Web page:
Ethological classification: A model for ordering the commercial workplace that draws on collective practice.


  • Elisabeth Davenport Napier University Business School
  • Howard Rosenbaum SLIS Indiana University
  • Uta Priss SLIS Indiana University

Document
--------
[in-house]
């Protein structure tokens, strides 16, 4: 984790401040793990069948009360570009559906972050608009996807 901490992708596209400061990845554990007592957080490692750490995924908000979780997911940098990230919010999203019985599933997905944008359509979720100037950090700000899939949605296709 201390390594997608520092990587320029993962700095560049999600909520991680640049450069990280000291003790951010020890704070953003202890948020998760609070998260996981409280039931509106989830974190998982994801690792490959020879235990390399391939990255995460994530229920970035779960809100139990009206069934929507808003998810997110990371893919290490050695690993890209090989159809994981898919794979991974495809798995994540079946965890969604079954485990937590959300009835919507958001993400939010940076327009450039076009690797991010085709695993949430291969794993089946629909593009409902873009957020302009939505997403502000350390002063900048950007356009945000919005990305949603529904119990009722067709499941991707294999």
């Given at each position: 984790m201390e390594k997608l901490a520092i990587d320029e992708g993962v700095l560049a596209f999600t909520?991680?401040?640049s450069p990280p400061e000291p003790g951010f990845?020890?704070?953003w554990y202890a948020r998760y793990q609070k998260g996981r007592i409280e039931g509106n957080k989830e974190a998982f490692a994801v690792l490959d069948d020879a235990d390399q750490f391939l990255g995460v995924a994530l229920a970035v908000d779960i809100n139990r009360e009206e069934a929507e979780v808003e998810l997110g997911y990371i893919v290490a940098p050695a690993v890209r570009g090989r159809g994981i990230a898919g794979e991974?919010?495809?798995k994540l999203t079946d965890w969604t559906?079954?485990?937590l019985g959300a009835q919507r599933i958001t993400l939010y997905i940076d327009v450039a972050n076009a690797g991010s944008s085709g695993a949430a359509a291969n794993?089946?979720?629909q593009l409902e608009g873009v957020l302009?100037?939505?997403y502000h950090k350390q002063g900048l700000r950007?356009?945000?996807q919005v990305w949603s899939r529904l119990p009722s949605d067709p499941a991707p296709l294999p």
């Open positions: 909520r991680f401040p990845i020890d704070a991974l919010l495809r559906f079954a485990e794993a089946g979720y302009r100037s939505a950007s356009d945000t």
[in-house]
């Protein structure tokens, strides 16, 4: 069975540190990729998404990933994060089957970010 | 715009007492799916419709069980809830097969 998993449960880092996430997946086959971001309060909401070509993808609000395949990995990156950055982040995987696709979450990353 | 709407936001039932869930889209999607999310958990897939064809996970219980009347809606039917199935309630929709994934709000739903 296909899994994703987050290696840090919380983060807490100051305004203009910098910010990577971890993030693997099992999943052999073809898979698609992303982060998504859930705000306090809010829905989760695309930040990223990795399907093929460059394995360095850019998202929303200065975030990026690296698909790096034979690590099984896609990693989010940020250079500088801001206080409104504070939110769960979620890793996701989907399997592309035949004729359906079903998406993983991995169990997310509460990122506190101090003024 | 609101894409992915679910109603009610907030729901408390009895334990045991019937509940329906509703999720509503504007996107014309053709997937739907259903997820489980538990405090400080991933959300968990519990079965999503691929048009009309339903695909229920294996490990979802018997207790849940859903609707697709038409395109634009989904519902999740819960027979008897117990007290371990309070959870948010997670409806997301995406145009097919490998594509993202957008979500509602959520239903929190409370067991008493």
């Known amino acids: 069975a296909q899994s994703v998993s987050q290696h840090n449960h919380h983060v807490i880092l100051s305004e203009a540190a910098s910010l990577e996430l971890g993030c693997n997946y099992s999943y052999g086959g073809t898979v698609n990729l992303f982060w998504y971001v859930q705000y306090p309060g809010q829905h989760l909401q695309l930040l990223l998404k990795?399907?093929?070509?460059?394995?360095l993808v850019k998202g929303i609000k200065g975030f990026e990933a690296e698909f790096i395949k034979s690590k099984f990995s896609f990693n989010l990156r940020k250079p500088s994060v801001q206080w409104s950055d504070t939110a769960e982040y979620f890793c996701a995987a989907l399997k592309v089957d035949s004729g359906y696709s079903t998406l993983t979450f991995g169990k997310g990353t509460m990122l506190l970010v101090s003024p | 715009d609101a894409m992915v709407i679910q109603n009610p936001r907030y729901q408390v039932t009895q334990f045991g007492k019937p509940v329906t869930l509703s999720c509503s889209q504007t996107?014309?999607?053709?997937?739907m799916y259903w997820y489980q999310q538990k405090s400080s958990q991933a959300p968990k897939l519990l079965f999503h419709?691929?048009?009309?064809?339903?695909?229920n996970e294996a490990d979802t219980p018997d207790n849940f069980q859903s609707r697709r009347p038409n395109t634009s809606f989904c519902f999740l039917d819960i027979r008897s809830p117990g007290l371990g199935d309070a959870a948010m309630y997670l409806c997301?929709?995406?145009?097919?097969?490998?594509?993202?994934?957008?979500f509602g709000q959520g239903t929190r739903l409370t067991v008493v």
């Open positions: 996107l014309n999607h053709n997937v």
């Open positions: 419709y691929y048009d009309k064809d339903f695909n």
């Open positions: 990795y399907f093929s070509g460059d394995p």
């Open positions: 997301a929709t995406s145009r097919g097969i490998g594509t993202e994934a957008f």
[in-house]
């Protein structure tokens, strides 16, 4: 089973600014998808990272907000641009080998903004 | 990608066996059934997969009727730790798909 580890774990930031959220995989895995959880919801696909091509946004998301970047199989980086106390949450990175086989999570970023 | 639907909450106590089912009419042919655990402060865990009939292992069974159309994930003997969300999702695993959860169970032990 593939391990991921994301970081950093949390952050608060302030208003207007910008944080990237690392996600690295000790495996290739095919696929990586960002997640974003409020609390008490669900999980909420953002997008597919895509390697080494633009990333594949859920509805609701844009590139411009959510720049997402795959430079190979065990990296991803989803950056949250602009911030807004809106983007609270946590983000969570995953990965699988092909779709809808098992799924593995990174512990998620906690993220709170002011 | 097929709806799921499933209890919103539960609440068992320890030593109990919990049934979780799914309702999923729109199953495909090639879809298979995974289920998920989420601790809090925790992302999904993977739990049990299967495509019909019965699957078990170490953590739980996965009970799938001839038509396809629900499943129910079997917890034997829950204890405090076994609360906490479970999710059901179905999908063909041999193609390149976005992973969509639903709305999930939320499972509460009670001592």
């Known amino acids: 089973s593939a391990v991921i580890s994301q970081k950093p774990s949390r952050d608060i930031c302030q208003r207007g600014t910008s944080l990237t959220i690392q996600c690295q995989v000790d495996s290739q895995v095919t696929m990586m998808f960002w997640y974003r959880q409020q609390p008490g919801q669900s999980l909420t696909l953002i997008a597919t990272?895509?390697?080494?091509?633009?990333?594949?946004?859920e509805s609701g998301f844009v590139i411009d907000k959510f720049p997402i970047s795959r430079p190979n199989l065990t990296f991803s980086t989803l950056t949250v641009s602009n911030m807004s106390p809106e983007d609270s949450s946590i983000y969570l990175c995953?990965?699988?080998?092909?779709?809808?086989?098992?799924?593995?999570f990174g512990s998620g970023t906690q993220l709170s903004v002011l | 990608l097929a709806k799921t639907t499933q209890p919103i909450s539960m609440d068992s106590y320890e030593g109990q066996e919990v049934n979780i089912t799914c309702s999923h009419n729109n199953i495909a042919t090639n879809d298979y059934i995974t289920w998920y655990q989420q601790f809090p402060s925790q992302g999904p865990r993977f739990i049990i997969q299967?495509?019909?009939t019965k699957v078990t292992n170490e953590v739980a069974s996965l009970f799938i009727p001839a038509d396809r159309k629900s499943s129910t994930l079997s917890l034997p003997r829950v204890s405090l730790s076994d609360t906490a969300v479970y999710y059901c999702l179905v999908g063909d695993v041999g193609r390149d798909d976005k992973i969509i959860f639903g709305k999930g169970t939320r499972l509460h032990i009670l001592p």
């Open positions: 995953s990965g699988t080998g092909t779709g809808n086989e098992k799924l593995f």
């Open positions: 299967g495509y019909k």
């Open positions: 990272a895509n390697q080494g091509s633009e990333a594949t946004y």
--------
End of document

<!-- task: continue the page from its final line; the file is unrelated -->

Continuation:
We would like to present a novel classification approach to the Idea mart, and receive feedback from colleagues. In certain circumstances an approach to classification may be useful that is based on repertoires of recurring activities and their associated documentation ('genre repertoires'); we label this 'ethological classification' (Davenport and Rosenbaum 2000). The approach offers an alternative to the search for 'deep structure' that organizes knowledge in a working group: as genres embody the practical understanding of such groups, they offer a 'surface' representation of knowledge that may be sufficient for some organizational purposes: finding groups to share activities, for example. As autogenic forms, genres may be taken as valid representations of the practical knowledge of the communities in which they emerge. The 'ethological' approach may solve some ofthe problems associated with recent attempts to design 'ecological work-based classification' schemes (Pejtersen and Albrechtsen, 2000) where the search for 'invariant structures' and their validation can be extremely resource intensive. The 'ethological' approach, a form of bricolage, which draws on knowledge that is to hand, offers a thrifty alternative.